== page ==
Category 5:
The 1935 Labor Day Hurricane

Thomas Neil Knowles


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"A gripping account. . . . Winds were so strong that they tore babies from the arms of their parents. Over four hundred people lost their lives, including over two hundred veterans of World War I. It was a tragedy that did not have to happen."--John Wallace Viele, author of The Florida Keys: A History of the Pioneers

"Makes for fascinating reading about a period of time when science, politics, and nature converged, resulting in disaster."--Rodney E. Dillon Jr., Vice President, Past Perfect Florida History, Inc.

In the midst of the Great Depression, a furious storm struck the Florida Keys with devastating force. With winds estimated at over 225 miles per hour, it was the first recorded Category 5 hurricane to make landfall in the United States.

Striking at a time before storms were named, the catastrophic tropical cyclone became known as the 1935 Labor Day Hurricane, and its aftermath was felt all the way to Washington, D.C.
In the hardest hit area of the Florida Keys, three out of every five residents were killed, while hundreds of World War I veterans sent there by the federal government perished.

By sifting through overlooked official records and interviewing survivors and the relatives of victims, Thomas Knowles pieces together this dramatic story, moment by horrifying moment. He explains what daily life was like on the Keys, why the veteran work force was there (and relatively unprotected), the state of weather forecasting at the time, the activities of the media covering the disaster, and the actions of government agencies in the face of severe criticism over their response to the disaster.

The Labor Day Hurricane of 1935 remains one of the most intense to strike America's shores. Category 5 is a sobering reminder that even with modern meteorological tools and emergency management systems, a similar storm could cause even more death and destruction today.

Thomas Neil Knowles is the author of Long Key: Flagler’s Island Getaway for the Rich and Famous. Born and raised in Key West, he is a fourth generation Conch whose ancestors moved from the Bahamas o the island in the mid-1800s. He now lives in Tallahassee.
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Tells the story in all of its pulse-quickening detail. -- Farm Report

Rarely is a nonfiction book so compelling that it demands to be read in one sitting. But Thomas Neil Knowles' straighforward retelling of the 1935 hurricane that leveled Florida's Middle Keys is the exception. Knowles provides a sobering yet gripping account of the storm's ferocity and at the same time personalizes its consequences by making us care about the people it affected. And if you are a fan of the Keys' special charms, the author's descriptions of life there in the mid-1930s will add to your understanding of why it is such a unique place to so many people. -- Miami Herald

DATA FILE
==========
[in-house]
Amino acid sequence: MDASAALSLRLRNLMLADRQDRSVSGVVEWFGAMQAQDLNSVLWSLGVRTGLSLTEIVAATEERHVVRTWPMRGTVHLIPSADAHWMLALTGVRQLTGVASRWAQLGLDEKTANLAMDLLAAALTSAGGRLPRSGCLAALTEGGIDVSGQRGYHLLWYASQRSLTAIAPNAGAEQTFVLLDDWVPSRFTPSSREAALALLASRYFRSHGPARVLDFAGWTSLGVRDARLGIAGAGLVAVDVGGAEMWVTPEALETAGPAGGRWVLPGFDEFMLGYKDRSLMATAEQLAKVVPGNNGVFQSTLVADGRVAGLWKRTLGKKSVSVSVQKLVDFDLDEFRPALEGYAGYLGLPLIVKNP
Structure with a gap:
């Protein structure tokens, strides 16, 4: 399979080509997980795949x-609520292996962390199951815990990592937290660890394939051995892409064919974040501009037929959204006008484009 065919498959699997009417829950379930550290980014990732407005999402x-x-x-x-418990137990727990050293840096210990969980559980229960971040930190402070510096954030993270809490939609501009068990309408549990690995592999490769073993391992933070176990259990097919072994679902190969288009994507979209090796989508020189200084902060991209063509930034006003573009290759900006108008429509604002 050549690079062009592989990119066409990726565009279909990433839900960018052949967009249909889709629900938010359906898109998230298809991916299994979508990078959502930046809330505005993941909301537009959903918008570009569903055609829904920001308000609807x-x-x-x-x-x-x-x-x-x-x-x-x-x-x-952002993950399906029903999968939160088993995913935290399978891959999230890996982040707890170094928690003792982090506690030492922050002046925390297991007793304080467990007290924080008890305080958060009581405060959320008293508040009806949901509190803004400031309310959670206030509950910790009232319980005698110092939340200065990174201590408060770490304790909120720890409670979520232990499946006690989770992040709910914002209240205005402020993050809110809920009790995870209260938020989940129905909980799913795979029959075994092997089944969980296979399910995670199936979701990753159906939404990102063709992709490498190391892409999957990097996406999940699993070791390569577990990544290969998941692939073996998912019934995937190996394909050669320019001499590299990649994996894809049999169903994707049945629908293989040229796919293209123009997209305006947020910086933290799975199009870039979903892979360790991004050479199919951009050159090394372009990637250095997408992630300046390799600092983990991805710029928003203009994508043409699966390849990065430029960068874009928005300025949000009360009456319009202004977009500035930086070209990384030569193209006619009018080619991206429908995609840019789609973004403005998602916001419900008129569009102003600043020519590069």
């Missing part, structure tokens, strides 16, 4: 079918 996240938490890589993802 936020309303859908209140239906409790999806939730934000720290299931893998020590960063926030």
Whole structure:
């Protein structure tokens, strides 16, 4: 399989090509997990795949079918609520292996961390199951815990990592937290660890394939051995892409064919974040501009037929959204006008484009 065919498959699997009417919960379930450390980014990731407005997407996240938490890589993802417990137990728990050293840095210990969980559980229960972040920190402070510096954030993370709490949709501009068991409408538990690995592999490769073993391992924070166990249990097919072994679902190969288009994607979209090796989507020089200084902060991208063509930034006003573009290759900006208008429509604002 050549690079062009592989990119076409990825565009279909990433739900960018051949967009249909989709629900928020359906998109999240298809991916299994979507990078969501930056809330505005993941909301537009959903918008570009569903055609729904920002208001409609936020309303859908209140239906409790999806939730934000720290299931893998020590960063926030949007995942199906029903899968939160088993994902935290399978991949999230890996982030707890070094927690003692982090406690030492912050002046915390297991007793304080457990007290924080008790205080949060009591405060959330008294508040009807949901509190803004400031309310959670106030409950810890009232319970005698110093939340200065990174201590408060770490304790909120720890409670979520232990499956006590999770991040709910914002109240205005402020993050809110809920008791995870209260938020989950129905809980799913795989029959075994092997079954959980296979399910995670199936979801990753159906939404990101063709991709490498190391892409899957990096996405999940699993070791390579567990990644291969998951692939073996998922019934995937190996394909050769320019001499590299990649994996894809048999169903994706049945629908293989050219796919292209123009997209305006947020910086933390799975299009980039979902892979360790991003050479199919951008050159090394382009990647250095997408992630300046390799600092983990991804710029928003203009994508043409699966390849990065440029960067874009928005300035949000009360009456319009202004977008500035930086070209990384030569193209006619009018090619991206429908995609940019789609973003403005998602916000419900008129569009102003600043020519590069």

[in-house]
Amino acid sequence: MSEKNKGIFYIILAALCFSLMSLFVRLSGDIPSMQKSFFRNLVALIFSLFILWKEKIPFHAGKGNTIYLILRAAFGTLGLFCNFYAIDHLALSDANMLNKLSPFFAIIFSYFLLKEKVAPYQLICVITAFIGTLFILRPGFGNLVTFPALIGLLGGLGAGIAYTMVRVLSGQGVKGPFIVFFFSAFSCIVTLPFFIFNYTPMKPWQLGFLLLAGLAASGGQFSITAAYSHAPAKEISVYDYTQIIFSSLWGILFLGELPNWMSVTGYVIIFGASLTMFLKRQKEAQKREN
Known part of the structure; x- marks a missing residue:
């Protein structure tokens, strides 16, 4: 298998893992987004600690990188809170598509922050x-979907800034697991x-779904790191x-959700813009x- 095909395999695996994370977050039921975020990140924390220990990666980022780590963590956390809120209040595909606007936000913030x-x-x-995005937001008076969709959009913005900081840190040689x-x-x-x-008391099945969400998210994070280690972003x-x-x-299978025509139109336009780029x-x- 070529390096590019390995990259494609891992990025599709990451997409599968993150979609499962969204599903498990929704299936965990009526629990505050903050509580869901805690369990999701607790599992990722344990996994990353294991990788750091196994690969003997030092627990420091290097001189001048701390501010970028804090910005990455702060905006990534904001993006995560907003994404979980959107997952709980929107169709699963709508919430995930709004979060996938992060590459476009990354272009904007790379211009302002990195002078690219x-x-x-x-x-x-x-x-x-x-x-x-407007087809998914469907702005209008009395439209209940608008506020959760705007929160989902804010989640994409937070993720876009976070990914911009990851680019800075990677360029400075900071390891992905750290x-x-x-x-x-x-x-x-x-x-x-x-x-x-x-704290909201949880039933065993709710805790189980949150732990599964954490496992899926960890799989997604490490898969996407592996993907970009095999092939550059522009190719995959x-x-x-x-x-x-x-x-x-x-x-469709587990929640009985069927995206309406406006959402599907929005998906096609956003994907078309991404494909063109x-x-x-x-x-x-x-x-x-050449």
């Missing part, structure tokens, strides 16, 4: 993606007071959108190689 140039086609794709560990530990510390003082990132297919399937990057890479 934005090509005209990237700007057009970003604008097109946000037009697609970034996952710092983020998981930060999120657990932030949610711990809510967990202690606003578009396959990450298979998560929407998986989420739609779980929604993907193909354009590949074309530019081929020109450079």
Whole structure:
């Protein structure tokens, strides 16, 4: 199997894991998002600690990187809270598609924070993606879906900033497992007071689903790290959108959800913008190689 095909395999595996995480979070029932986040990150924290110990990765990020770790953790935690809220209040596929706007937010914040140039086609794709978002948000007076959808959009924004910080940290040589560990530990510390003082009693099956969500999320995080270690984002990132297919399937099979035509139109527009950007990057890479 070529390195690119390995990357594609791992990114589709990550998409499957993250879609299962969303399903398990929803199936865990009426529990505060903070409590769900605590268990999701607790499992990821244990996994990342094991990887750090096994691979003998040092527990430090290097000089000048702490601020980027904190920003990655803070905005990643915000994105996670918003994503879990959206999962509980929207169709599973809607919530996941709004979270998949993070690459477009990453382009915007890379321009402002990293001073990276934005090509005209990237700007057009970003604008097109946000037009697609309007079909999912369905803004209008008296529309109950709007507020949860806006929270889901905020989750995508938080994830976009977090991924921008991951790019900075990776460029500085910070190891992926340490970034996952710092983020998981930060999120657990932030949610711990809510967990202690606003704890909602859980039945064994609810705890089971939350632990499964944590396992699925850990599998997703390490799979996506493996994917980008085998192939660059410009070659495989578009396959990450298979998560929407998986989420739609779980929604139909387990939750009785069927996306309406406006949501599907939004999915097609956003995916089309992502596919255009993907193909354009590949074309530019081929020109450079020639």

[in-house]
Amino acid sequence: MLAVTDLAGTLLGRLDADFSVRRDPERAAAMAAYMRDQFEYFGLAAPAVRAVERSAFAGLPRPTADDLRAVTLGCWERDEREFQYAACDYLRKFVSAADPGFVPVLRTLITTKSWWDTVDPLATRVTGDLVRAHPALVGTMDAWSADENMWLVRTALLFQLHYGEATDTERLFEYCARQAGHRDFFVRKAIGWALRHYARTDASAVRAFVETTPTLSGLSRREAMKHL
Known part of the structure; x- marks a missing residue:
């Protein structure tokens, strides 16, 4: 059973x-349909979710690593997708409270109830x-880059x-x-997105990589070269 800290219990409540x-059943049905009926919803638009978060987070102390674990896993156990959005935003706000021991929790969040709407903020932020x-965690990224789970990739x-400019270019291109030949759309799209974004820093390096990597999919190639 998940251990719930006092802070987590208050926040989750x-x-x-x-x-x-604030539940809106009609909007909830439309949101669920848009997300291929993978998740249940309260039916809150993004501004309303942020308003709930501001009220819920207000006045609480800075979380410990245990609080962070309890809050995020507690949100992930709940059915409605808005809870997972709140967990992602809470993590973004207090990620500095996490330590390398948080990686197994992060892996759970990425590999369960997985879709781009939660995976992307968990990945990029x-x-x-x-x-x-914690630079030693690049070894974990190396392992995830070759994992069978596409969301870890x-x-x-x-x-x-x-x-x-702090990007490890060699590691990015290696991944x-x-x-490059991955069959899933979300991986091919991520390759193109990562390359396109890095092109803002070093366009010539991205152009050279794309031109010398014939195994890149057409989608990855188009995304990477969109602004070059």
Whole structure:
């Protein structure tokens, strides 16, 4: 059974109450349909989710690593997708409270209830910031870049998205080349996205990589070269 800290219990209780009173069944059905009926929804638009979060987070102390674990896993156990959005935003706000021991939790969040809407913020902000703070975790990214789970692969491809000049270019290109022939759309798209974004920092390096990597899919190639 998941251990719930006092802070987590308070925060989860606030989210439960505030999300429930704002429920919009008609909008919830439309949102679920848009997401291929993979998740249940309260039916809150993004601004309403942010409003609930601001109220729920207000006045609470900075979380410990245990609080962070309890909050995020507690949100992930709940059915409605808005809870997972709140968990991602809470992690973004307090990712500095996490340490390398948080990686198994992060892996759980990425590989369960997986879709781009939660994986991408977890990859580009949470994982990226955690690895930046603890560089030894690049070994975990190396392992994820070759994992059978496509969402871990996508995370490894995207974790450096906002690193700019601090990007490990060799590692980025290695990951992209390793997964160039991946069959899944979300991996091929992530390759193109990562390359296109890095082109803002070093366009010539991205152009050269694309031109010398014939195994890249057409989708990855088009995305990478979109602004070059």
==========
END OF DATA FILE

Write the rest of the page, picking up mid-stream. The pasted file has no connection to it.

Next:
Tells in great detail--including in the words of seven survivors--the story of the hurricane that killed an estimated 400 people, the majority of them military veterans, from Marathon to Tavernier. -- Key West Citizen Hurricane Guide

This book carefully documents the unpredictability of the storm and the failures of meteorologists to succesfully track its progress. -- Book News

Knowles skillfully takes into account the natural events, social consequences, and politics in his comprehensive history. Knowles's book is a useful contribution and provides a unique perspective on an important episode in the state's history that had not just local but national consequences. -- Tampa Bay History

Knowles sets out to provide 'a true account' of the hurricane that struck the Upper Florida Keys on Labor Day, September 2, 1935. The author reconstructs the storm's formation, growth, and eventual landfall from numerous survivor interviews, first-person accounts, published reminiscences, and transcripts of public hearings held after the event. Dramatic anecdotes about those affected by the hurricane play out within the context of U.S. weather service history, the on-again, off-again development of the Florida Keys, and Great Depression public works programs utilizing unemployed veterans. Knowles has taken full advantage of records from the Dixie. The perspectives of the captain, crew members, and passengers complement and round out the accounts from land-based victims. Excellent maps and useful appendixes aid the reader in following the course of events. -- Journal of Southern History

A remarkable story of courage and perseverance. -- WTBF

An excellent source for historians who which to place storms such as Katrina within a larger historical sweep and broader analytical context. -- Reviews in American History

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